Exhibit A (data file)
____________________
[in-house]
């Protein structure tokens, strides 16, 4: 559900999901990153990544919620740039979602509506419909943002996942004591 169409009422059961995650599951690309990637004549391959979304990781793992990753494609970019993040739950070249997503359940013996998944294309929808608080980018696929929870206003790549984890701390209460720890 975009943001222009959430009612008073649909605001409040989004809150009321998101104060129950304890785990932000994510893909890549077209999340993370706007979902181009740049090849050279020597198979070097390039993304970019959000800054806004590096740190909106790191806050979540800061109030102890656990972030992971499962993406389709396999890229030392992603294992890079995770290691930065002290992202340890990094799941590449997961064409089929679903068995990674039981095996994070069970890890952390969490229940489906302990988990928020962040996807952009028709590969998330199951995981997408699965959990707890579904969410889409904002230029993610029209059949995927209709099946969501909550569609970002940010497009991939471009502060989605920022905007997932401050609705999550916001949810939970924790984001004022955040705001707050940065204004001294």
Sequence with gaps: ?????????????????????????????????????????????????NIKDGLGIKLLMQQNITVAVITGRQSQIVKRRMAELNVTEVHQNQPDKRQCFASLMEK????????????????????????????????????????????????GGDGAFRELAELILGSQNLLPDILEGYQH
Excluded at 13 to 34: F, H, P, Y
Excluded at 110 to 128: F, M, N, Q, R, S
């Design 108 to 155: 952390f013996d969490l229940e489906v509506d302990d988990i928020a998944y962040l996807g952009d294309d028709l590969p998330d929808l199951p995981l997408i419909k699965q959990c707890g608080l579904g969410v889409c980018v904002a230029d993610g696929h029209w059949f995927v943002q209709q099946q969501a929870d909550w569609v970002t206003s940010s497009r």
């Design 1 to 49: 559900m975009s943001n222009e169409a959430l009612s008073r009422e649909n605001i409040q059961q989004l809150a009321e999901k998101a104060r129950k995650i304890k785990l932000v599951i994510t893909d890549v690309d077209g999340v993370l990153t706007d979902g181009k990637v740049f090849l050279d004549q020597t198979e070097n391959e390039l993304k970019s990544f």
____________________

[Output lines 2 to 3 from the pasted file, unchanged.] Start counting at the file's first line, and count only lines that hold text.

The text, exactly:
């Protein structure tokens, strides 16, 4: 559900999901990153990544919620740039979602509506419909943002996942004591 169409009422059961995650599951690309990637004549391959979304990781793992990753494609970019993040739950070249997503359940013996998944294309929808608080980018696929929870206003790549984890701390209460720890 975009943001222009959430009612008073649909605001409040989004809150009321998101104060129950304890785990932000994510893909890549077209999340993370706007979902181009740049090849050279020597198979070097390039993304970019959000800054806004590096740190909106790191806050979540800061109030102890656990972030992971499962993406389709396999890229030392992603294992890079995770290691930065002290992202340890990094799941590449997961064409089929679903068995990674039981095996994070069970890890952390969490229940489906302990988990928020962040996807952009028709590969998330199951995981997408699965959990707890579904969410889409904002230029993610029209059949995927209709099946969501909550569609970002940010497009991939471009502060989605920022905007997932401050609705999550916001949810939970924790984001004022955040705001707050940065204004001294």
Sequence with gaps: ?????????????????????????????????????????????????NIKDGLGIKLLMQQNITVAVITGRQSQIVKRRMAELNVTEVHQNQPDKRQCFASLMEK????????????????????????????????????????????????GGDGAFRELAELILGSQNLLPDILEGYQH